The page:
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Armageddon all over again. 

A couple of years ago, the Reverend Jerry Falwell, the ubiquitous face of the religious right, founder of Liberty University, and spokesman for the neo-Neanderthal wing of the Republican party, announced that the world would soon confront the Last Days --- so what else is new? --- and that one element of that event, the Antichrist, was a Jewish man dwelling in the United States. (This insight may have preceded his analysis of the sexual orientation of the Teletubbies.) The comedian Al Franken wondered if the man might be Marvin Hamlisch, though I still hold out for Alan Dershowitz, Falwell's frequent debating opponent. As students of the Bible and of film already knew, of course, the Antichrist and Satan, inextricably confused in the nontheological mind, not only walk the earth, but also appear in horror movies, which have exploited his presence for more than a generation.

Ever since 1968, when Rosemary's Baby appeared, Satan assumed an important place in the horror film, ranking up there with Dracula, Frankenstein's monster, and a horde of nameless menaces. With the addition of The Exorcist in 1973 and The Omen in 1976 and the subsequent sequels, remakes, and imitations, the Devil became a star, and now, in the words of the Catholic prayer, roams the earth seeking the ruin of souls. The most recent visitation occurs in the remake of The Omen, which, along with Poseidon, continues the apparent Hollywood compulsion to revisit the past and shovel the snows of yesteryear.

With a few minor variations, the new Omen pretty much follows the pattern of the first movie. As in The DaVinci Code, the Roman Catholic Church again provides the material for exploring the consequences of Satan's latest incarnation, in the form of his spawn, a nasty little kid named Damien Thorn (Seamus Davey-Fitzpatrick). Informed by a priest that his baby was born dead, an American diplomat in Rome, Robert Thorn (Liev Schreiber), agrees to deceive his wife and substitute another newborn as if the infant were their own, a deception they all come to regret.

From early childhood Damien exerts his destructive force against anyone who impedes the progress of the Satanic plan. Through some inexplicable mental power he manages an accident that kills the ambassador so that Thorn can succeed him in the post in Great Britain (a bit of nepotism also assists the ascent). Once there, little Damien really comes into his own, influencing his nanny to commit suicide in full public view at his fifth birthday party and contriving that his parents hire a replacement in the form of Mia Farrow, returned from her stint as the mother of Rosemary's Baby, and all too ready to serve Satan once again.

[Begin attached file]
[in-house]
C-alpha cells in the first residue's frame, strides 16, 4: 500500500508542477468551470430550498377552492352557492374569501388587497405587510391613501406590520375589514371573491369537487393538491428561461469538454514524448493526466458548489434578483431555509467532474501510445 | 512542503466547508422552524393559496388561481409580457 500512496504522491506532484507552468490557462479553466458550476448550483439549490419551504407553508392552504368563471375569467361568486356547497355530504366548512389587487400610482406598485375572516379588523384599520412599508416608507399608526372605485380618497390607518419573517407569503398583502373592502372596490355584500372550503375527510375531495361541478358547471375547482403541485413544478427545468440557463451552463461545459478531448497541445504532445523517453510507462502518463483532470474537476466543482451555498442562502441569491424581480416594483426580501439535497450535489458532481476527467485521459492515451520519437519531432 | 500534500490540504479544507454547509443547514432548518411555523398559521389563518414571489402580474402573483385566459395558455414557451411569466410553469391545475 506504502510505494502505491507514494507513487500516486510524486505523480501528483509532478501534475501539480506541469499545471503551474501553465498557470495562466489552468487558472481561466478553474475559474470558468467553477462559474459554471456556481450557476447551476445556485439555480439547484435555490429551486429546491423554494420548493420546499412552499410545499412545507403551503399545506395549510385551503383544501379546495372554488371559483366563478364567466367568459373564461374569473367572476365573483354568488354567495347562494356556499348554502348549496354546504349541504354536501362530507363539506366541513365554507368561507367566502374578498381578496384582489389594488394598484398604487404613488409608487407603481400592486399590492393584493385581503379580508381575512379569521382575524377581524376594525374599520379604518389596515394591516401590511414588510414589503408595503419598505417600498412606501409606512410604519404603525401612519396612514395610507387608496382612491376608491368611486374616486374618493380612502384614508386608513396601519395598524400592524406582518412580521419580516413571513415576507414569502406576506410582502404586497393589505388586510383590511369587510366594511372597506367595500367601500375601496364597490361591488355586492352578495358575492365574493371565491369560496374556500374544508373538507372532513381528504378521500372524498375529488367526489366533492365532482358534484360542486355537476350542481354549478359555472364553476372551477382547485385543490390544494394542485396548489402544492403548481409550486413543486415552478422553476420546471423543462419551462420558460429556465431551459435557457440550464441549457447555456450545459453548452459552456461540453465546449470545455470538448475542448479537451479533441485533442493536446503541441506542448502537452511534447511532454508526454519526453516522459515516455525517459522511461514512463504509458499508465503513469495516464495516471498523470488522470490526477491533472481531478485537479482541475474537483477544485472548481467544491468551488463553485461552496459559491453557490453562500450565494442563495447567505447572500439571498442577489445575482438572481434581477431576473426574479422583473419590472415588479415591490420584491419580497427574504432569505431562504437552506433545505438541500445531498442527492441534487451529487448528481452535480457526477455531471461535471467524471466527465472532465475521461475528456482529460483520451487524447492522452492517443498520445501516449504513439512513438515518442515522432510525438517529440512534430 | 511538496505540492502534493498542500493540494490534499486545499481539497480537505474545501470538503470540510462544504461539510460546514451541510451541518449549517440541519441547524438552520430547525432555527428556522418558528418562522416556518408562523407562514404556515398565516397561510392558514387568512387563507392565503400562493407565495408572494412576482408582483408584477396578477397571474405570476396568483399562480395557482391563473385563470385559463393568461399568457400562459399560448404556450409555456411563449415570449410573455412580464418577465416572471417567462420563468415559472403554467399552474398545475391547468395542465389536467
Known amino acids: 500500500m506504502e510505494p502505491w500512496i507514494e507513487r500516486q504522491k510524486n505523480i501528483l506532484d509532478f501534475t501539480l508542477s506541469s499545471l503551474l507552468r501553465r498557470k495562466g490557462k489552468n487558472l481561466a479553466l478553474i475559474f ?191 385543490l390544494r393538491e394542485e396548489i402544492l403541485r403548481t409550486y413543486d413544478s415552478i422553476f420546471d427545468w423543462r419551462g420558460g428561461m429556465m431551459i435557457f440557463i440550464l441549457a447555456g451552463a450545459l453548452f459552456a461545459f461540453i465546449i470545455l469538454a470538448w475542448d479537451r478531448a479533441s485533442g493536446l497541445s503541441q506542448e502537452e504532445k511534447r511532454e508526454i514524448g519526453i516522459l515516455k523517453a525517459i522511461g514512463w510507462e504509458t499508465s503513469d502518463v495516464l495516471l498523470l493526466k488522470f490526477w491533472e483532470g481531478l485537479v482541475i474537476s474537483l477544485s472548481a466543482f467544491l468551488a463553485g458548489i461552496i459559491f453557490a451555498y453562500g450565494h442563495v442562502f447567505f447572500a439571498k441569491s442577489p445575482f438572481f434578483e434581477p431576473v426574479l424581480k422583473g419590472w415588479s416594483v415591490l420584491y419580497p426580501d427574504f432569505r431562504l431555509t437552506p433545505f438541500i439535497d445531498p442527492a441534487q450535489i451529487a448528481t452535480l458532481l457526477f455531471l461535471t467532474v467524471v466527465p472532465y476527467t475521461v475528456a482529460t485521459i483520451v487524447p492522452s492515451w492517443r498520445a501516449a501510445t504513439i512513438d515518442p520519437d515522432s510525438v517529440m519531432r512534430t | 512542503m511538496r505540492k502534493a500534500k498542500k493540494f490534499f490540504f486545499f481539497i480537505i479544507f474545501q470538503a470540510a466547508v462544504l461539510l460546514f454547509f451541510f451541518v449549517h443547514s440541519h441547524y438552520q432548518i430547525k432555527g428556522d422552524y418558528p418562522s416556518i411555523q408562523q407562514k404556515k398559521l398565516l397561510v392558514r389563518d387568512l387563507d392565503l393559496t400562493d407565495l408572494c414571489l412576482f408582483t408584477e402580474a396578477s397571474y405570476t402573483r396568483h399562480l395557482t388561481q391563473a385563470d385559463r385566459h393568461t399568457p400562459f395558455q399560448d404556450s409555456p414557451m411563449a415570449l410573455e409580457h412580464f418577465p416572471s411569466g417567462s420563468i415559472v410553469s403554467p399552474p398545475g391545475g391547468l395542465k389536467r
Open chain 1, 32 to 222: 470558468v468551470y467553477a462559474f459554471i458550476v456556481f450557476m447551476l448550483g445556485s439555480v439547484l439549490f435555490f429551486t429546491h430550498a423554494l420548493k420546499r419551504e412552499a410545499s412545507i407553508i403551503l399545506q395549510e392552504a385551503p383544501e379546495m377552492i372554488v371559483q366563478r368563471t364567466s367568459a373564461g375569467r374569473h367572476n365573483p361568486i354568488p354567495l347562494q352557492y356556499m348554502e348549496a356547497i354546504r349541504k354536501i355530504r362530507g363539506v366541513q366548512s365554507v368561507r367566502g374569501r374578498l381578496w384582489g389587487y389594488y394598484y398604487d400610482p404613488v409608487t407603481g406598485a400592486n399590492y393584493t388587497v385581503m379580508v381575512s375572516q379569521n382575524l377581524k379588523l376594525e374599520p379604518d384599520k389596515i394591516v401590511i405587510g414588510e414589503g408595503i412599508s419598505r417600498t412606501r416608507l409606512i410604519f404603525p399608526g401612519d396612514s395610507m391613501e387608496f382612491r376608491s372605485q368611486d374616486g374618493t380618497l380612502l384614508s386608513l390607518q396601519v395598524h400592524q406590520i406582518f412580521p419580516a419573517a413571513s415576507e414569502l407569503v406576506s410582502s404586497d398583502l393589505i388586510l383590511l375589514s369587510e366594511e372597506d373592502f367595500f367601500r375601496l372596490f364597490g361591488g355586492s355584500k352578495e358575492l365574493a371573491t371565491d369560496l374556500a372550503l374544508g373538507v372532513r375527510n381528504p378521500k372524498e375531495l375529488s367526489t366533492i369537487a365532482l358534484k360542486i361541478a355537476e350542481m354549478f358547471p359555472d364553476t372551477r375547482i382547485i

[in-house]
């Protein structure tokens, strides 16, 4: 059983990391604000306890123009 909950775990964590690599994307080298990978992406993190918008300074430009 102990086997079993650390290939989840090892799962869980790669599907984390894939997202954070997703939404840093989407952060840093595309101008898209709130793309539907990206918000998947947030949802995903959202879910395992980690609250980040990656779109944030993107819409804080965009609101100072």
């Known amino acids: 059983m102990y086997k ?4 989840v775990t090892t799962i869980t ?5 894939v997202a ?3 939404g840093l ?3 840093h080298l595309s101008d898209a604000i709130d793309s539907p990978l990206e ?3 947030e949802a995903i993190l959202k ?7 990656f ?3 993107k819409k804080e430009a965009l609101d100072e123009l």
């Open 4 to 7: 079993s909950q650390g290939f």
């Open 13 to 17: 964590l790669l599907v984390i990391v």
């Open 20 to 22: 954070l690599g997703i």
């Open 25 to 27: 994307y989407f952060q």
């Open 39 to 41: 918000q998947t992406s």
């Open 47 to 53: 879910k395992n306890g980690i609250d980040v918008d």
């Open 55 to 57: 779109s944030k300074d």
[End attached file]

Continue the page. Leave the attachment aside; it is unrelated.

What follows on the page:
After that spectacular event, a couple of people attempt to warn the ambassador of the danger in his evil child. A crazed priest (Pete Postlethwaite) tells him the true story of Damien's birth, and a tabloid photographer (David Thewlis) notices ominous marks in his pictures of Damien's victims. Naturally Thorn dismisses all the information as insanity and foolishness until the priest dies spectacularly and his pregnant wife suffers a bad fall that kills the potential threat to Damien's power.

The rest of the movie settles into a standard thriller plot, with Thorn and the photographer traveling to Italy to find the truth about Damien's parentage and to Israel to acquire the means to kill the little devil. They learn, of course, about the coming final conflict and Damien's role in Armageddon, which in fact leads them to the location in Israel where the battle will take place. A few more deaths and a series of brief flashes of horror enhance the suspense of their journey and emphasize the power arrayed against them and, consequently, all of humankind.

When it first appeared, The Omen reawakened interest in the Book of Revelations, surely the most puzzling in the Bible, and alerted audiences to the Number of the Beast, the notorious 666. The number accounts for the movie's unusual release on a Tuesday, June 6, a date which, to the disappointment of many, did not signal the end of the world or even the end of bad movies about the end of the world.

The Omen (R), directed by John Moore, is now playing at Culver Ridge 16, Henrietta 18, Webster 12, Tinseltown, Greece Ridge 12, Eastview 13

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